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Feeding the future


Year 11 Fraser Coast Anglican College student and aspiring chemical engineer Kaitlin Edmondstone tells us about her recent experience as a STEM intern at QUT

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I got involved in the QUT STEM Internship Program through a recommendation made by my specialist maths teacher. She suggested that this STEM (science, technology, engineering, maths) program would be a great experience for me to expand my knowledge in STEM field while also preparing me for a career in STEM. This program offered a vast range of different internships – all of which focused on different aspects of STEM.

The purpose of my research placement was to work alongside QUT researchers from the Science and Engineering Faculty and the Centre for Agriculture and the Bioeconomy (CAB) to gain an in-depth understanding of their research and the processes involved. The focus of the ‘Feeding The Future’ placement was assisting the CAB researchers by traveling to various different facilities, including The Banyo Pilot Plant and The Redlands & QCDF (Queensland Crop Development Facility) Research Facility, as well as visiting some of the research labs at the QUT Gardens Point campus to see the different processes/stages involved in genetically modifying plants to enable farmers to grow more food using less water and chemicals, improving crop nutrition especially in developing countries, and discovering new ways to use agricultural waste products to produce more valuable products from this waste. Throughout this week I also got to participate in several experiments which included a chemistry practical to make aspirin and a biology practical where DNA was extracted using two different methods.

The most beneficial aspect of my participation in the internship program was being able to spend a week doing something I am passionate about while being surrounded by people who are excited and passionate about STEM, too. It was also really great to be able to discuss university life with current QUT students, including their daily experiences living away from home, the pros and cons between double and single degrees, and the differences between school and university.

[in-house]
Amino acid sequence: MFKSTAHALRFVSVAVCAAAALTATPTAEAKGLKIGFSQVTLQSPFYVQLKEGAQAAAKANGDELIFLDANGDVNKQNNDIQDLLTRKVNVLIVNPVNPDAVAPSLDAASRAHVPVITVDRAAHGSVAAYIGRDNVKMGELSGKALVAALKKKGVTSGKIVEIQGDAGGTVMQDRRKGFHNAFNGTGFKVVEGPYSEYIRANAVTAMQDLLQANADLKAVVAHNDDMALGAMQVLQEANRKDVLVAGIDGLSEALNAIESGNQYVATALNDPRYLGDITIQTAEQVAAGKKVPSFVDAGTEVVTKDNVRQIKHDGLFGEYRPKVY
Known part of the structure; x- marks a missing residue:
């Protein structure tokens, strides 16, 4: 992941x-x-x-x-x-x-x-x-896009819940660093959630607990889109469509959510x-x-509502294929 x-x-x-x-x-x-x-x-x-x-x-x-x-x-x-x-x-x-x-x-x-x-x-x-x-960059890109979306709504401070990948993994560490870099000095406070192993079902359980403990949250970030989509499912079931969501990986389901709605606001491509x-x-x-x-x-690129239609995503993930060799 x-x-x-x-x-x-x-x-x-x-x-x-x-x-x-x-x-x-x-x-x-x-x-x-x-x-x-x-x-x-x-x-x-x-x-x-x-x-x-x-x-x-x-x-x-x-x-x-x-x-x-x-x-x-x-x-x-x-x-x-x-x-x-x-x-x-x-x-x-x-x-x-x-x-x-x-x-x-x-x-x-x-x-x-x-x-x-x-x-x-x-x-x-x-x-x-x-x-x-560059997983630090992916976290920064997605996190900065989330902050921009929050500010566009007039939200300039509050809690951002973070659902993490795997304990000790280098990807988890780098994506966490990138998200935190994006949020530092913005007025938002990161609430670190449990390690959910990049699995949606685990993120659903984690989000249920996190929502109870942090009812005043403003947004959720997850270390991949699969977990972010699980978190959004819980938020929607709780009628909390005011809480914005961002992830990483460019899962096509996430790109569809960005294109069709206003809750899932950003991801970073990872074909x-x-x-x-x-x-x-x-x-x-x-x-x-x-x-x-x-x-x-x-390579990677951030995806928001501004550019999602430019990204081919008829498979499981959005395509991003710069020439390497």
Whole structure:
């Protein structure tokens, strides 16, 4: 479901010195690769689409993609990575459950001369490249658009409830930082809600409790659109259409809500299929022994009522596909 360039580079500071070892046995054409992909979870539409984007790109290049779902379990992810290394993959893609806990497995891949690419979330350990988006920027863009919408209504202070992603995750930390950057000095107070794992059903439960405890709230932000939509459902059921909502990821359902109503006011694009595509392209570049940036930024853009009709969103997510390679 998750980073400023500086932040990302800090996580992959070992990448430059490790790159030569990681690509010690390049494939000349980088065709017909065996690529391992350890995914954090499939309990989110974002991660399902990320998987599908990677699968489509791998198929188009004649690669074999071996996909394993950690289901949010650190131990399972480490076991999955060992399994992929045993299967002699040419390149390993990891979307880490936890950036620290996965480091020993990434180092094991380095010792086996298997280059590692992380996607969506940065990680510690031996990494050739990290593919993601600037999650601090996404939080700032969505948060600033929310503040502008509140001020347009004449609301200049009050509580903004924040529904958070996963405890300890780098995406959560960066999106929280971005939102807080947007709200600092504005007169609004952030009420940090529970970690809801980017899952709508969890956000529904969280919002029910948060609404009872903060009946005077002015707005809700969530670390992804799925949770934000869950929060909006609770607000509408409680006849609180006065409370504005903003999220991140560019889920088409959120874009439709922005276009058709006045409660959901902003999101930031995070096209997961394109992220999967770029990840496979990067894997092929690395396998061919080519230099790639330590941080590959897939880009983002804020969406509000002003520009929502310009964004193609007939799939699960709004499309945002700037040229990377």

I strongly believe it is vital that young people get involved in STEM fields, and especially the renewables and environmental science industry, for a range of different reasons. This industry has so much potential and the research done in this field is rapidly growing in demand and will continue to grow into the future as our world continues to advance and change, creating jobs that we can’t even image yet. As well as the increase in demand for this industry, careers in STEM are challenging and so rewarding because everyone’s contribution positively benefits and advances our changing society.

Following my completion of Year 12, I want to pursue a career in chemical engineering. This is a branch of engineering that aims to efficiently use, produce, design, transport and transform energy and materials using principles from chemistry, physics, mathematics, biology and economics. The information and experience I got from attending this STEM internship will continue to help my career aspirations in my future, university life and the STEM industry.

Overall the ‘Feeding the Future’ placement showed me that there are many benefits that the fields of medicine and agriculture can provide for society. The chemistry practical positively impacted me in a range of ways because it gave me an insight into what first year chemistry would be. The work done in the ‘Feeding the Future’ placement was also beneficial to me as it gave me an insight into possible career paths after university, especially in the area of research and the practical hands-on field. This placement also challenged me to step out of my comfort zone and study more of a biochemical approach to scientific concepts. Finally, this experience has broadened my understanding of the career opportunities that STEM subjects provide, as I have been fortunate enough to listen to a vast range of people talk about their careers and the process involved in getting to where they are today.

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